Plenty will say – and it’s difficult to argue with – that the club needs a wholesale revamp of the playing staff at the club, and this ties in neatly with the last piece of this jigsaw, the future of Arsene Wenger himself. Should he stay, it’s difficult to believe that Wenger will institute any form of revolution in this respect himself. But his position is rapidly becoming untenable, and it becomes difficult to believe that there is no-one at a boardroom level who will face the fact that the club needs wholesale change from top to bottom, and that perhaps the easiest way to start cutting ties from the last few years, which have been proven again and again not to work, would be to start by changing the manager.
If there is a hint of the sombre about all of this, it’s because the departure of Arsenal Wenger from Arsenal would truly be the end of an era. There may never again be a manager who will have the effect upon the entirety of English football as that which Wenger has had over the course of his twenty years at the club, and even if we dismiss the macro-significance of his arrival at Highbury in October 1996, there can be no doubt whatsoever that he changed the face of Arsenal Football Club forever, in a manner only otherwise associated with the long-dead Herbert Chapman.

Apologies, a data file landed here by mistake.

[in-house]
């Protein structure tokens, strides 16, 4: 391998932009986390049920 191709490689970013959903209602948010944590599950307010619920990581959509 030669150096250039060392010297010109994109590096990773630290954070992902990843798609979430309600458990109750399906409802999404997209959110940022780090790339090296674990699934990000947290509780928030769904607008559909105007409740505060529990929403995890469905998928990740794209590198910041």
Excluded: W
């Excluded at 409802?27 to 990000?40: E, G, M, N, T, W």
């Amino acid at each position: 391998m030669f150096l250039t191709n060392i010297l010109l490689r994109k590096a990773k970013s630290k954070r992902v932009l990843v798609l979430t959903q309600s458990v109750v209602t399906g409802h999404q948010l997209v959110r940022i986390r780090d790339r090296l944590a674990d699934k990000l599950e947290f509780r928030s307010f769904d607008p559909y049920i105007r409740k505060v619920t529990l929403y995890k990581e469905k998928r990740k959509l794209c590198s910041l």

Should Arsenal supporters be grateful for his contribution? Of course. Might there be an unsavoury edge to some of the goons on social media who talk about Wenger as though he’s just another, hire them one day, sack them another, manager? Probably, yes. But should Arsenal supporters find themselves in a Groundhog Day of that manager’s making because the club’s owners appear to have zero idea of what comes after him…? Well, the answer to that is no, as well. Nothing lasts forever, and the time for a clean broom being run through Arsenal is starting to feel undeniably overdue.